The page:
And I sought for a man among them who should build up the wall and stand in the breach before me for the land, that I should not destroy it, but I found none — Ezekiel 22:30
Those following me on social media know that I recently took part in a challenge to bring attention to the fact that at least twenty–two of our military veterans commit suicide on a daily basis (22KILL and similar sites). In doing so, I took the opportunity to bring awareness to the issue of police suicide as well (at least one a day – our number one killer and thus the “22 plus 1” challenge) while also presenting a genuine solution. In addition, and with the understanding that I frequently speak/teach on the issue of police suicide in my role as a police chaplain and law enforcement instructor, my hope is to also present some solid suicide prevention resources for you to use and share with others.
One of the things I constantly harp on to both supervisors and line officers is servant-leadership: being as proactive in serving and coming alongside our own as we are in identifying and taking down violators on the street. So what should we be looking for? Again, I am more than willing to come share in depth with your agencies and chaplains but here are just a few things we should have on our radar (among many others):
- Watch for verbal clues (talk about death; discussions about having nothing to live for, etc.).
- Watch for isolating behavior (colleagues who stop interacting with friends and family).
- Sudden, negative changes in work performance; not wearing body armor; officer safety issues, etc.
- Signs of depression; increased alcohol and/or prescription drug abuse issues.
- Infidelity and divorce (if that was not already a bad enough in our profession).
- Officers who are in trouble (IA issues) at work.
The bottom line here is that we need to be as adept in detecting trouble and solving problems within our ranks as we are at doing so on “the street.” One of the myths about police suicide is that it happens without warning when in fact there are most often a plethora of clues and evidence to the contrary.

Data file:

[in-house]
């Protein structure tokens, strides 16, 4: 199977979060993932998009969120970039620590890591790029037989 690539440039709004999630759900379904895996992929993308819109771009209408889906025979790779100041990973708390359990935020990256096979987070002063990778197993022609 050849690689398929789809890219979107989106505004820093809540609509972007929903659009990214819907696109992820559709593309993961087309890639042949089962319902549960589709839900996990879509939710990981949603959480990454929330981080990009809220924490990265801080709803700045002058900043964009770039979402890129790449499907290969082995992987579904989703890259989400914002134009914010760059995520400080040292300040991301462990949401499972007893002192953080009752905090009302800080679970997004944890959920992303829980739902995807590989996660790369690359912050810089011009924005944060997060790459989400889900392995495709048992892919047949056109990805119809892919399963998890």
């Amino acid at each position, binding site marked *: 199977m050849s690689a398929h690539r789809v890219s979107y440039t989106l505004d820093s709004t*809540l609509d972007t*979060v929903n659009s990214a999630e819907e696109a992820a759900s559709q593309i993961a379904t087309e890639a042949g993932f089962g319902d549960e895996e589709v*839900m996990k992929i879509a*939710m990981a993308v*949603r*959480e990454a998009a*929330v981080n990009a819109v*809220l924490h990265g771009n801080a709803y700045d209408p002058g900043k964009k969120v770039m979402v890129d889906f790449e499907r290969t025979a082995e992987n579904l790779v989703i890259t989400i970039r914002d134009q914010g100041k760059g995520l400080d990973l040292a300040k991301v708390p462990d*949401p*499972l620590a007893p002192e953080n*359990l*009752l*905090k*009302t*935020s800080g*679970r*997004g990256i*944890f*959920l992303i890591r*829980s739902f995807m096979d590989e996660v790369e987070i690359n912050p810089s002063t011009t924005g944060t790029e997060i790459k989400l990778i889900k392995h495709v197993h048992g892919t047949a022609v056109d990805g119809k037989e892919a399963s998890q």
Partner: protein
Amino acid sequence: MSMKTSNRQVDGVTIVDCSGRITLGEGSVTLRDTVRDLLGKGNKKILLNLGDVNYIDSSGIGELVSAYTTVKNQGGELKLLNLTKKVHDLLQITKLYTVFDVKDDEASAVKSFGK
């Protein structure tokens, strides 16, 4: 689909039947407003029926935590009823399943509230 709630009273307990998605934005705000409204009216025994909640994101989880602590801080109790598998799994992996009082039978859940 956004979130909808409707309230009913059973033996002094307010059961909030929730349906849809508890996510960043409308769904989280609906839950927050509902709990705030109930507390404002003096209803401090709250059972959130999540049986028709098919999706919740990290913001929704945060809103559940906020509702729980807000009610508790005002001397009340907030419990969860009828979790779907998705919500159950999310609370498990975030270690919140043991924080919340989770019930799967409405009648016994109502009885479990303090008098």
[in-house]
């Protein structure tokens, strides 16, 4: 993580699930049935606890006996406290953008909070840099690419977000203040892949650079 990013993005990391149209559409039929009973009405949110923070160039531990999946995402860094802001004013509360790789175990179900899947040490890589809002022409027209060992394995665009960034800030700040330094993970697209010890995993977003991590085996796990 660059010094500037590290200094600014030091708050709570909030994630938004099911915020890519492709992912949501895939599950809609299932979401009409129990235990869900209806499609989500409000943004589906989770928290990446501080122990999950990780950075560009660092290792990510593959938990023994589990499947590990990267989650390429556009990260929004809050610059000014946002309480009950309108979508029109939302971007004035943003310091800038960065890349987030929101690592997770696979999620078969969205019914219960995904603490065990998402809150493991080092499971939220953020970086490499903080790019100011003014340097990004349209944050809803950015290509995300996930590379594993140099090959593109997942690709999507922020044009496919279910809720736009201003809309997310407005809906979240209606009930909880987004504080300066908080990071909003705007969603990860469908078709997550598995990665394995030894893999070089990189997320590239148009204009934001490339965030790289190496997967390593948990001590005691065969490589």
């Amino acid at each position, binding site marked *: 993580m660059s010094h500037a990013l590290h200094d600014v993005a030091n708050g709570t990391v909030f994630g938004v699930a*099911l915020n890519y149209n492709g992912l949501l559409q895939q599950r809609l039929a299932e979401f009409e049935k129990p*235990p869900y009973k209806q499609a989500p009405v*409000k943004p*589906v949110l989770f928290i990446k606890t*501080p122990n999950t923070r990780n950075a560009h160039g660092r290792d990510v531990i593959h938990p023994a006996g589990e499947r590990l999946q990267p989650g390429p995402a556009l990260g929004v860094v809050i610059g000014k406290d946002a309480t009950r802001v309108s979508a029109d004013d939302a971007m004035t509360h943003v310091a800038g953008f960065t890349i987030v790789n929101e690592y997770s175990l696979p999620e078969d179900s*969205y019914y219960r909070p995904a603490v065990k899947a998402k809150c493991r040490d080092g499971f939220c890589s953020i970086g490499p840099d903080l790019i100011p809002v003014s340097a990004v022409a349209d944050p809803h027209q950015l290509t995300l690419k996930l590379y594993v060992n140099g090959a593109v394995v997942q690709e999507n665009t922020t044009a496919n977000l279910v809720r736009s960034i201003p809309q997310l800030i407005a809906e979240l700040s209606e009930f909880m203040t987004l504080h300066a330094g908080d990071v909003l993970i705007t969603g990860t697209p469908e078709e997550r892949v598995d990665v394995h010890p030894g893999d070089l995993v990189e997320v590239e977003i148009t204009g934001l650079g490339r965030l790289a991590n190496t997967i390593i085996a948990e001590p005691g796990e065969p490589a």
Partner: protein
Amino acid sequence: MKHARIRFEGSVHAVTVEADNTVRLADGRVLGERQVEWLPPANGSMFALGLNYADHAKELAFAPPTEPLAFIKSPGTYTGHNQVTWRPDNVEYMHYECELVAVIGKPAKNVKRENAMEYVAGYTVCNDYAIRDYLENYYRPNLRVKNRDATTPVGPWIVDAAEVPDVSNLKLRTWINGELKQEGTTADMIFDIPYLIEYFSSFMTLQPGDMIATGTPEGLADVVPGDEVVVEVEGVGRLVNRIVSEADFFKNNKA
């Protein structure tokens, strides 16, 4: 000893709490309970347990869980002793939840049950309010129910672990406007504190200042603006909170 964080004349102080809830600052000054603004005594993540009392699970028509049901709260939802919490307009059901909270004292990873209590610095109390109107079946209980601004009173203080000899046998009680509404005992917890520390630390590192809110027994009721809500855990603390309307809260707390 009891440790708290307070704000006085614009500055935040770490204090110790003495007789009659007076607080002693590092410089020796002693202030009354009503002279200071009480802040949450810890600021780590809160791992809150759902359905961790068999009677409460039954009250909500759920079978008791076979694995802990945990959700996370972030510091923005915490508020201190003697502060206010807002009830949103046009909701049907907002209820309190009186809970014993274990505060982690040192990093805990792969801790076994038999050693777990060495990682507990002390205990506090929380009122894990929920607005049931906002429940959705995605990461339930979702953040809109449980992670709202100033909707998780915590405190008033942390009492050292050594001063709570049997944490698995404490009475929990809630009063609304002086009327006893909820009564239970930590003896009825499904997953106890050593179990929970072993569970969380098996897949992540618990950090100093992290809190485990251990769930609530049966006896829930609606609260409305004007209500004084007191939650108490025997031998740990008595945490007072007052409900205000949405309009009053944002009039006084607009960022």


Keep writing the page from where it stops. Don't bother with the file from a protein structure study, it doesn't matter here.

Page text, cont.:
Well then what? Are we throwing our brethren to the wolves when these issues surface or are we proactively coming alongside and supporting our own? As we recently learned here in Colorado, the “powers-that-be” are unlikely to be of much help (the Colorado legislature just rejected a bill which would have opened the door for law enforcement officers to file Workers Comp claims for diagnosed work-induced PTSD as a workplace injury). Accordingly, I opened this article with a verse of Scripture about “standing in the breach” that has a direct nexus to the issue of police suicide: Are you willing to “stand in the gap” to fight for and provide life-saving backup to your own? God help us, we must be!
In closing, and with Police Week 2016 fresh in our minds, the question I posed in the title of this article demands an answer: Where’s the piper? While we honor the lives of our brethren killed in the line of duty with flashing lights, last calls, salutes, flags and bagpipe tunes, most often those things are distinctly absent at the funerals for those who take their own lives (our number one killer).
That said (and this being “The Chaplain’s Corner”), there is also a cure for what ails us and it begins with being in a genuine personal relationship (not “religion”) with the “Great Physician.” Do you know Him? I beg you to turn to Him in faith. Reach out to a Christian officer and your chaplains. Feel free to reach out to me as well and please share or take advantage of the resources I’ve posted for you below:
More? Email me at email@example.com
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